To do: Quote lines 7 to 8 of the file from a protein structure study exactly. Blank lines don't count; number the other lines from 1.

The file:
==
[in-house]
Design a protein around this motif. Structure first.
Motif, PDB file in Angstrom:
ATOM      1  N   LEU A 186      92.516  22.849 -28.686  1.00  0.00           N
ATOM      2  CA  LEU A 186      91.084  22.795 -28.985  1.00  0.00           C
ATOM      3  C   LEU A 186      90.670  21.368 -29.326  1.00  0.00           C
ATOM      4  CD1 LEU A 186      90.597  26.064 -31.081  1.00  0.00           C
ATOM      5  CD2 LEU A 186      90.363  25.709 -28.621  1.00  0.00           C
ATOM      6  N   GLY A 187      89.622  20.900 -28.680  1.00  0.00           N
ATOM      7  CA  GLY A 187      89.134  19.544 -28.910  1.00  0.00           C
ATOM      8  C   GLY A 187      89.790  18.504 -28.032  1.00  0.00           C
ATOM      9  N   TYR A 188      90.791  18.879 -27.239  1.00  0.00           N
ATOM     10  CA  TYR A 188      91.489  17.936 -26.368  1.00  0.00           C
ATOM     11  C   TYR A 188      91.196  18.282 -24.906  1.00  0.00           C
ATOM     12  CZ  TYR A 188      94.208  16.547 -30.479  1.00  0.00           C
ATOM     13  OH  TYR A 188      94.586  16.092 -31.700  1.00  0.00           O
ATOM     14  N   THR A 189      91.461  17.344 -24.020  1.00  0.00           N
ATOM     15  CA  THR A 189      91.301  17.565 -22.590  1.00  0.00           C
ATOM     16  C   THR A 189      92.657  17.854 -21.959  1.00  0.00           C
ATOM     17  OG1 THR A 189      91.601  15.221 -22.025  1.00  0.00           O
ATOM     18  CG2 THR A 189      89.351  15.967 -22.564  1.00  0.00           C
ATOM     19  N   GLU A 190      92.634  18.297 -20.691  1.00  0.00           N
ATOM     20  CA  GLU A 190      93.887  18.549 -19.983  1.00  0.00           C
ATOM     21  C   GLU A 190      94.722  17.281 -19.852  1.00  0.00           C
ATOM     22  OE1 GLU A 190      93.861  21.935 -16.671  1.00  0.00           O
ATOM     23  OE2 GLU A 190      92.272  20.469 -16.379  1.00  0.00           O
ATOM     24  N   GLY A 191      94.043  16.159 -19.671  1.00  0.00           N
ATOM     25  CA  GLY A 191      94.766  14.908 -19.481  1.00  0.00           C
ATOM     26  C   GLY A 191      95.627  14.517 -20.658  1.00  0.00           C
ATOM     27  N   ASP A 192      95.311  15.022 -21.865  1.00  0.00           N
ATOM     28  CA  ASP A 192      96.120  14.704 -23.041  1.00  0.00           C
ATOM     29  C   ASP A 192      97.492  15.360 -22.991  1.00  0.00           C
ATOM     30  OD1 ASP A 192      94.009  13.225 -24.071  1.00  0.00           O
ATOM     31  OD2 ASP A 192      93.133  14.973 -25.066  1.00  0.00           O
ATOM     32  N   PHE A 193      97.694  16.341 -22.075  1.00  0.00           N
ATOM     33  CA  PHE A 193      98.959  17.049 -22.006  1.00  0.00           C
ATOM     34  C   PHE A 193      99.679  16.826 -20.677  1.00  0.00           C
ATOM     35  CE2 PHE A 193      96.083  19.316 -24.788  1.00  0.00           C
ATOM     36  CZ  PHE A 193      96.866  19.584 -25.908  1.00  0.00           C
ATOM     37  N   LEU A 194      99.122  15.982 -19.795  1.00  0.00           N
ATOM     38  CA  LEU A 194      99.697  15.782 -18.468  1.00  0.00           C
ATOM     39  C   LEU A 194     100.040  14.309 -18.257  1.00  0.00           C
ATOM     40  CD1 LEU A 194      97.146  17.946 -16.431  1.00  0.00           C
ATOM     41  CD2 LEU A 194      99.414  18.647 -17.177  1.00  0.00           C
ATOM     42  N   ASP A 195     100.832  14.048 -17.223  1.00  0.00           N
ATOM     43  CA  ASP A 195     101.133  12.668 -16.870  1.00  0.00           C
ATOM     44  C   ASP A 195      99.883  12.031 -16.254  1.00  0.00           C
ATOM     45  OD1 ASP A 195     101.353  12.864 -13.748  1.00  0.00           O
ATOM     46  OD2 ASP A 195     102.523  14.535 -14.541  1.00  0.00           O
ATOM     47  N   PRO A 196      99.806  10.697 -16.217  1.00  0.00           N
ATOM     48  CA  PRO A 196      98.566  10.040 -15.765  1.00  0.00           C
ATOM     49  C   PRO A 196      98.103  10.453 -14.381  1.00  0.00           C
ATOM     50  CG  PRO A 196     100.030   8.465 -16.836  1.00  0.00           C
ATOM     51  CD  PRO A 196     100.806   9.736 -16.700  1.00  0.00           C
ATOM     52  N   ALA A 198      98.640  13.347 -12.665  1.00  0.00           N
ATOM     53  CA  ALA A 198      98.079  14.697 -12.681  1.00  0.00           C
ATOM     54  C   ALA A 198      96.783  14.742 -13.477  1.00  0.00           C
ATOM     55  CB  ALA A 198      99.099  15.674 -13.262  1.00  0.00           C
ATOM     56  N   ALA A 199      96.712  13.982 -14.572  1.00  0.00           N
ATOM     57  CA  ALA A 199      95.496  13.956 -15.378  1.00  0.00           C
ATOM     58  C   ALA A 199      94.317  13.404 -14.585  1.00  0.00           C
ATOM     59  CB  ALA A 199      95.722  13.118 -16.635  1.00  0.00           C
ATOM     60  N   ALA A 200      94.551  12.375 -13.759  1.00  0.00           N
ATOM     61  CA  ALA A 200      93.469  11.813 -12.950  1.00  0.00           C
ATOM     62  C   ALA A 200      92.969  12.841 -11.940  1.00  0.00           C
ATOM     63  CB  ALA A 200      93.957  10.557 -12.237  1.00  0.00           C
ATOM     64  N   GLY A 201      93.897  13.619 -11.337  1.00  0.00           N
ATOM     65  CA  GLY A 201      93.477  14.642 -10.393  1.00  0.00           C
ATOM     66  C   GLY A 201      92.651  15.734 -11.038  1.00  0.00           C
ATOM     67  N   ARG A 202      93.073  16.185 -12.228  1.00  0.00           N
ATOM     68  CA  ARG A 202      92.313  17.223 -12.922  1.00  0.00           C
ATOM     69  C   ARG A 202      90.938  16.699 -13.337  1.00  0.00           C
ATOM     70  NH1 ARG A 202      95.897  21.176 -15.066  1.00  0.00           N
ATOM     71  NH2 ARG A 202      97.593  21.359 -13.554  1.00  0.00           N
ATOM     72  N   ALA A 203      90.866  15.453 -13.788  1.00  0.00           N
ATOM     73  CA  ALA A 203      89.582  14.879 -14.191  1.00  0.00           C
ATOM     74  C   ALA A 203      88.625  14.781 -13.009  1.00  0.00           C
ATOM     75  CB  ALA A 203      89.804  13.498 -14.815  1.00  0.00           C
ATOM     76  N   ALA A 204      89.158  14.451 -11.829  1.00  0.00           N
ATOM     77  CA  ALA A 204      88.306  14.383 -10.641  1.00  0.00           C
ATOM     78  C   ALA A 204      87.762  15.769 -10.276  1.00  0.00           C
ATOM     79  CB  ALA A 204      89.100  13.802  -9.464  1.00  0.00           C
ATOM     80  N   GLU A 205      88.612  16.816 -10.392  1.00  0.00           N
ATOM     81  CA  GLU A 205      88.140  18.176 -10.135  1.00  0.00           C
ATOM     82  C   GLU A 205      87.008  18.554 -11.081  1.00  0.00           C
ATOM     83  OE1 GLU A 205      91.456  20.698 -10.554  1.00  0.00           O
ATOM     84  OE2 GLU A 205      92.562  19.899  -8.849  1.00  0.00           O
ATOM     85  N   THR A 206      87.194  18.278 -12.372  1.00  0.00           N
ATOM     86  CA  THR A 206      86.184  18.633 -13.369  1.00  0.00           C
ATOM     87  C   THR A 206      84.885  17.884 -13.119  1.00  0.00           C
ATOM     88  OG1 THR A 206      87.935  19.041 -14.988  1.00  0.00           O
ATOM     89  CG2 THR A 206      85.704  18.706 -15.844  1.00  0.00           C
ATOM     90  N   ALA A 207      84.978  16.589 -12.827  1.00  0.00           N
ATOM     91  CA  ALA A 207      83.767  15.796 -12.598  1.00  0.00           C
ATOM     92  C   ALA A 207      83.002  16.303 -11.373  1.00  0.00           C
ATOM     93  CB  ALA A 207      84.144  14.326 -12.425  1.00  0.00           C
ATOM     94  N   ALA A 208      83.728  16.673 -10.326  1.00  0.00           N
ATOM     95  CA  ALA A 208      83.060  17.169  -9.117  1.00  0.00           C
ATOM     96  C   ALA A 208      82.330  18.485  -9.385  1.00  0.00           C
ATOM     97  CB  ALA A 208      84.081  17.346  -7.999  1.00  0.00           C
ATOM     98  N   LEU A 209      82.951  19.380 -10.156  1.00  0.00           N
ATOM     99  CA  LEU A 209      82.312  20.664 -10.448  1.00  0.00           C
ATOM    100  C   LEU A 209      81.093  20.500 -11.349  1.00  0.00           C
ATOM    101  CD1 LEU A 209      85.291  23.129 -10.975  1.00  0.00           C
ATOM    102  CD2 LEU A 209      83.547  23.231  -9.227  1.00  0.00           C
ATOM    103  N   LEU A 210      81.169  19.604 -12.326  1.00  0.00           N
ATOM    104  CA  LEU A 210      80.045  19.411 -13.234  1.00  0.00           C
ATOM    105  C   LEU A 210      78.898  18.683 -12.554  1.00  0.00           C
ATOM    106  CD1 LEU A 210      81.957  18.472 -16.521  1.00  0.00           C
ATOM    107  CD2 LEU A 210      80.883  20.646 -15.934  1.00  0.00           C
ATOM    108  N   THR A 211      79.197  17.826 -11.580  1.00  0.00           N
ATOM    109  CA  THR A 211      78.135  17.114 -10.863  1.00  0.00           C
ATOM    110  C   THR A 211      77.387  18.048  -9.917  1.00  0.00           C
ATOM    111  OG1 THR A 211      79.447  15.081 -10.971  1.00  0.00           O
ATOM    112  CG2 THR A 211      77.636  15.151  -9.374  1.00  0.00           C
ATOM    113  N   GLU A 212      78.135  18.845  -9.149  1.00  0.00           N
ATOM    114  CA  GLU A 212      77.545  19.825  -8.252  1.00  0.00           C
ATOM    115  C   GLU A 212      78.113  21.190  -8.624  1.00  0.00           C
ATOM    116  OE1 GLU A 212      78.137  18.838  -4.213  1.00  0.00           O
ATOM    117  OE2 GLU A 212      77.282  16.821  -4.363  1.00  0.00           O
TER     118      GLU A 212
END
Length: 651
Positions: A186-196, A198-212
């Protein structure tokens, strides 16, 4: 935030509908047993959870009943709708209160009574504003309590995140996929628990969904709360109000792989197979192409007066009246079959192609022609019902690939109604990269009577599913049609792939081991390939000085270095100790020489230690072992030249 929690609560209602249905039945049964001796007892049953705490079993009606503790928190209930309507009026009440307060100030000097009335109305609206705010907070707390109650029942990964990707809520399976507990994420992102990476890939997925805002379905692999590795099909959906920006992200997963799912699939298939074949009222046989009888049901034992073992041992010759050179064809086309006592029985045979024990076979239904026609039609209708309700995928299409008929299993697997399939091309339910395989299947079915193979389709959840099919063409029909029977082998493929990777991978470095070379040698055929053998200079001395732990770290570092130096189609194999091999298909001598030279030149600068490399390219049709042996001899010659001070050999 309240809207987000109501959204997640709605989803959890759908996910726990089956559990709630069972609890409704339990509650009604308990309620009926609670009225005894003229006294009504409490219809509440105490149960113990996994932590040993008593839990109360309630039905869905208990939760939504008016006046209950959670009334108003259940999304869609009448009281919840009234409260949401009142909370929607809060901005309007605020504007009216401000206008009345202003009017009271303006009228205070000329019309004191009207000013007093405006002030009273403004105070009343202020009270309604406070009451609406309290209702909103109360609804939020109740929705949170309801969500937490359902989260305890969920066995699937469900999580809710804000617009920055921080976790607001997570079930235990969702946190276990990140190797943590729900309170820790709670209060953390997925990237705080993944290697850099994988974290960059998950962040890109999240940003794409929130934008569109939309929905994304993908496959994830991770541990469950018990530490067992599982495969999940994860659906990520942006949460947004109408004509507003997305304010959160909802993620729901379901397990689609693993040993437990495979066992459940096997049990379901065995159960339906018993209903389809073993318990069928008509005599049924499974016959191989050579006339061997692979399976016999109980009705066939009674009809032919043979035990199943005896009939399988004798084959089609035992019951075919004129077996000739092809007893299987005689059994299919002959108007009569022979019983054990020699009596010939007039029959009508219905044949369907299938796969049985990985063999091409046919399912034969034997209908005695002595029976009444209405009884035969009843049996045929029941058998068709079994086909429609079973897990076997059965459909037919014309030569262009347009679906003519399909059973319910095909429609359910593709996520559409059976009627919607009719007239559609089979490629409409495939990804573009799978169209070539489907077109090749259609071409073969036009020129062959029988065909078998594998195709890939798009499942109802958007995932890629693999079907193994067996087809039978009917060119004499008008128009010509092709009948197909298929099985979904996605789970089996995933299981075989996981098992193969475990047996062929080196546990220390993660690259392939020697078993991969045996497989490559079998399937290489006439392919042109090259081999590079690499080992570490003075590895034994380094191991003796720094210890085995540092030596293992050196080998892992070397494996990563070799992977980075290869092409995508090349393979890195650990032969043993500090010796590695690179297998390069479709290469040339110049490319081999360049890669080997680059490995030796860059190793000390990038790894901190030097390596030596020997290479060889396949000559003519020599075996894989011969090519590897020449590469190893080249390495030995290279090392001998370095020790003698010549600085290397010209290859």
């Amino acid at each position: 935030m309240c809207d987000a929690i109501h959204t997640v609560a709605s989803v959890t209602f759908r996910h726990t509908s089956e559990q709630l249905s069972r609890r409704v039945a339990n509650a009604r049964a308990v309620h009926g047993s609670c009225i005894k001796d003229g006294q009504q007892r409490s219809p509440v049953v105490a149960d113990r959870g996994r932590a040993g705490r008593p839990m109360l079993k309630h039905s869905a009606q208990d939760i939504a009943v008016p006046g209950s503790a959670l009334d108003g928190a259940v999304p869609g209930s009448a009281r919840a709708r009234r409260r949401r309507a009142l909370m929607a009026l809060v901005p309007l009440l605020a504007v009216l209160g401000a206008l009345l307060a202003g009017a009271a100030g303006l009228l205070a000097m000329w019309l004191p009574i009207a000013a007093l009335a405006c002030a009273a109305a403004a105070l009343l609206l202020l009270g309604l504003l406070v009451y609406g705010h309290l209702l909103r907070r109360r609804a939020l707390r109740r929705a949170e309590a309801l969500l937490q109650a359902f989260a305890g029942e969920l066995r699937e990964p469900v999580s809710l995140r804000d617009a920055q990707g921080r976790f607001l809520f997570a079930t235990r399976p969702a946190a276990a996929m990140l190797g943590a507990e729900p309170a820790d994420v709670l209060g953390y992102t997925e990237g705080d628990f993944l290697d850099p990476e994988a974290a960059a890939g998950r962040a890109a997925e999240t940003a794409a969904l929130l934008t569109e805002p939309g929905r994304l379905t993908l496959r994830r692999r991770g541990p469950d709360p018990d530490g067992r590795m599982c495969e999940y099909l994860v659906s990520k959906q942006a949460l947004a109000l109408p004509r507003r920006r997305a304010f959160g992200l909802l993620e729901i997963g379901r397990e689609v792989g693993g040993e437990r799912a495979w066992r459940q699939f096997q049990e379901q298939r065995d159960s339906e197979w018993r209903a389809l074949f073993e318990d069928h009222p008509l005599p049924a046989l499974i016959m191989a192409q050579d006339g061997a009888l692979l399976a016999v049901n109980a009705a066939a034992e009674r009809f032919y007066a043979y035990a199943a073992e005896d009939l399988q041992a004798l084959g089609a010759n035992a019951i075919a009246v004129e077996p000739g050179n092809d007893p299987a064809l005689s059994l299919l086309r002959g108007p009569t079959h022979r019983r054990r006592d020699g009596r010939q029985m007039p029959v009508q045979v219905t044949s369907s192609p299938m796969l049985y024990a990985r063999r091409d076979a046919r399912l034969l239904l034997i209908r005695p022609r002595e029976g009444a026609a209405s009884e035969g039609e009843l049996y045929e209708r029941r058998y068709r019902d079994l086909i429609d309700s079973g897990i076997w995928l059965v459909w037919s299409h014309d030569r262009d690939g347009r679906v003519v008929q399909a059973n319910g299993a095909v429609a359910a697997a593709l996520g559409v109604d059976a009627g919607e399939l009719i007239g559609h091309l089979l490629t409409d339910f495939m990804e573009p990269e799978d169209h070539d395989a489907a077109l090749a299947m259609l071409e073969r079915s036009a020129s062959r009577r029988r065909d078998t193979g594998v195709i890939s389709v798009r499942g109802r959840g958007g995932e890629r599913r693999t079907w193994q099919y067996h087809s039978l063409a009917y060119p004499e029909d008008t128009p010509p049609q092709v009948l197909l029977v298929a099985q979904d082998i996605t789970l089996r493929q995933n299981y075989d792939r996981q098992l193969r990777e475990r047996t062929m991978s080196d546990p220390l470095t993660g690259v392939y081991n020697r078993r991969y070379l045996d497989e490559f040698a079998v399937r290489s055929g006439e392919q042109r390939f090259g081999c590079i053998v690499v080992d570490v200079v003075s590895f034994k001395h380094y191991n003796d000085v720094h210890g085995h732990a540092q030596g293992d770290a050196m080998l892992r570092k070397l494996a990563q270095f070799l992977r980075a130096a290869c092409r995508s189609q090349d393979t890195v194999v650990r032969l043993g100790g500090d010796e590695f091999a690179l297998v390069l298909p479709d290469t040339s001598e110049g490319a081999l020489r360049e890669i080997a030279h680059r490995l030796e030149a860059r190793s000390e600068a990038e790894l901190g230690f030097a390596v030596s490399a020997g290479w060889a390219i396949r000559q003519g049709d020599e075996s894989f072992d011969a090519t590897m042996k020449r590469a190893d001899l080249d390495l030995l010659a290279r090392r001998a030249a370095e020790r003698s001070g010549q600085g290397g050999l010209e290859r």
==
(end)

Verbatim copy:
ATOM      4  CD1 LEU A 186      90.597  26.064 -31.081  1.00  0.00           C
ATOM      5  CD2 LEU A 186      90.363  25.709 -28.621  1.00  0.00           C